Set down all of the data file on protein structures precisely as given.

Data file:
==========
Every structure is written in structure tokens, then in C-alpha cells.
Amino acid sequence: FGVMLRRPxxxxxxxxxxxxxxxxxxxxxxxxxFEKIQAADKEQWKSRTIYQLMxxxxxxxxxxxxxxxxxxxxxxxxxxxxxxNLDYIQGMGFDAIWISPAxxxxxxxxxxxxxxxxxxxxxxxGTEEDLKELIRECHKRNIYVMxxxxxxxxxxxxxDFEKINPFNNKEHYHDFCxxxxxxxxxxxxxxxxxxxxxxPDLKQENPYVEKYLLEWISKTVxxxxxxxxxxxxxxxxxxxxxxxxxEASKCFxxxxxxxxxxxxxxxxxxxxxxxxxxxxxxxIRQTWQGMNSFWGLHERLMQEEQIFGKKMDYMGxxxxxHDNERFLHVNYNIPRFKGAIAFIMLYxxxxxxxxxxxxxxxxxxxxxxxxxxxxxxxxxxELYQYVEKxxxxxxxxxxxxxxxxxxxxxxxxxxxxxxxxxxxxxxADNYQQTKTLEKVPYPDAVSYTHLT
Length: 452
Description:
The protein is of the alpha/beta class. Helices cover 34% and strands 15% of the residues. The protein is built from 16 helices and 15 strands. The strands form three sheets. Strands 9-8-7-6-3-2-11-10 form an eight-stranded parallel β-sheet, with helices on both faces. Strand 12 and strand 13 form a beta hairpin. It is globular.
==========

Every structure is written in structure tokens, then in C-alpha cells.
Amino acid sequence: FGVMLRRPxxxxxxxxxxxxxxxxxxxxxxxxxFEKIQAADKEQWKSRTIYQLMxxxxxxxxxxxxxxxxxxxxxxxxxxxxxxNLDYIQGMGFDAIWISPAxxxxxxxxxxxxxxxxxxxxxxxGTEEDLKELIRECHKRNIYVMxxxxxxxxxxxxxDFEKINPFNNKEHYHDFCxxxxxxxxxxxxxxxxxxxxxxPDLKQENPYVEKYLLEWISKTVxxxxxxxxxxxxxxxxxxxxxxxxxEASKCFxxxxxxxxxxxxxxxxxxxxxxxxxxxxxxxIRQTWQGMNSFWGLHERLMQEEQIFGKKMDYMGxxxxxHDNERFLHVNYNIPRFKGAIAFIMLYxxxxxxxxxxxxxxxxxxxxxxxxxxxxxxxxxxELYQYVEKxxxxxxxxxxxxxxxxxxxxxxxxxxxxxxxxxxxxxxADNYQQTKTLEKVPYPDAVSYTHLT
Length: 452
Description:
The protein is of the alpha/beta class. Helices cover 34% and strands 15% of the residues. The protein is built from 16 helices and 15 strands. The strands form three sheets. Strands 9-8-7-6-3-2-11-10 form an eight-stranded parallel β-sheet, with helices on both faces. Strand 12 and strand 13 form a beta hairpin. It is globular.